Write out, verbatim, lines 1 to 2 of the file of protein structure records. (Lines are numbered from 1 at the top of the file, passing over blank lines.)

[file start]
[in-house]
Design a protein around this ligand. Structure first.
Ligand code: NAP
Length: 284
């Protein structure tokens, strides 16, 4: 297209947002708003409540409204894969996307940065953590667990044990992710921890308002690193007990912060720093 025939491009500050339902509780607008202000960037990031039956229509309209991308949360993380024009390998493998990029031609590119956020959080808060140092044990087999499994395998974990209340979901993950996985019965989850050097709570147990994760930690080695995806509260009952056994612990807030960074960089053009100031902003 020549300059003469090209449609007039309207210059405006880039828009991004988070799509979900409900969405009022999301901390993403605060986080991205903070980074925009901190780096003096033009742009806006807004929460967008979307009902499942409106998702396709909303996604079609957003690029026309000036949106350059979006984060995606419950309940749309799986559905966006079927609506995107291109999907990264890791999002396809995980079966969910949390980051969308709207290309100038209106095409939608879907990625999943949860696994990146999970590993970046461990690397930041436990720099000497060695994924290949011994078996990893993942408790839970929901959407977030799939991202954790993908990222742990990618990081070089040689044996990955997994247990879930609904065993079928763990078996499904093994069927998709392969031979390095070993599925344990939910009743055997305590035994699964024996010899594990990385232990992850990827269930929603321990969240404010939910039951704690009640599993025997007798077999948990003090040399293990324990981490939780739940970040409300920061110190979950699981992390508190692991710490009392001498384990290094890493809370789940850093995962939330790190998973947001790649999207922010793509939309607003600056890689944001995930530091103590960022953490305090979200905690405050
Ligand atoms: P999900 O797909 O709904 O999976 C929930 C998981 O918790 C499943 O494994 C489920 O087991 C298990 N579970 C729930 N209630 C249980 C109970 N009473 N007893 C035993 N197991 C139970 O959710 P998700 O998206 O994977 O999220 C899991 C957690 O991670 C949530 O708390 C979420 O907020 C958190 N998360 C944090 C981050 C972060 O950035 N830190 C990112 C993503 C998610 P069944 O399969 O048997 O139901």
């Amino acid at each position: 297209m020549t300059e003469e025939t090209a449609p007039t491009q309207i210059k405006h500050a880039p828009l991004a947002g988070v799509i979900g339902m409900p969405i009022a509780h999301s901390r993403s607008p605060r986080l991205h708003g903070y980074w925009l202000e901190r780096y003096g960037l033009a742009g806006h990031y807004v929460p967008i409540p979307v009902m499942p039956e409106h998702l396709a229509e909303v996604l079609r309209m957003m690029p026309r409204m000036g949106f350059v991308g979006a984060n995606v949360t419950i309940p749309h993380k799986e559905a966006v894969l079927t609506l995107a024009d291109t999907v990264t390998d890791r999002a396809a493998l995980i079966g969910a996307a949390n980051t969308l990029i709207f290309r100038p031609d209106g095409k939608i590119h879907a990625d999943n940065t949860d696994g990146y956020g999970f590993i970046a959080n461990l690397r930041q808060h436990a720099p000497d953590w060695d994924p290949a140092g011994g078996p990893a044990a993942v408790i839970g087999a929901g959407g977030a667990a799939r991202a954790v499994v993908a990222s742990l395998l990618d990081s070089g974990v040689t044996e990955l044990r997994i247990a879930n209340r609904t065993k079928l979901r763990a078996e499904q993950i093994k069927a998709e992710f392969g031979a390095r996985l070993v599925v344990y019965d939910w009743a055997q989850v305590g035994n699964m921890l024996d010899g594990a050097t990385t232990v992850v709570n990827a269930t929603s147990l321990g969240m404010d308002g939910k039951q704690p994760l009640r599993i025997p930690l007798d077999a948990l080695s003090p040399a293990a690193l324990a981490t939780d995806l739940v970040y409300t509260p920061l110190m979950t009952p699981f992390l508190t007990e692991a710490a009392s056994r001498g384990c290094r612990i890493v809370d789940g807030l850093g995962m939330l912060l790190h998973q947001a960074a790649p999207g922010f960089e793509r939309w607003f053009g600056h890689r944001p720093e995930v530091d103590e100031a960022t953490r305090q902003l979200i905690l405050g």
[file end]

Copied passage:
[in-house]
Design a protein around this ligand. Structure first.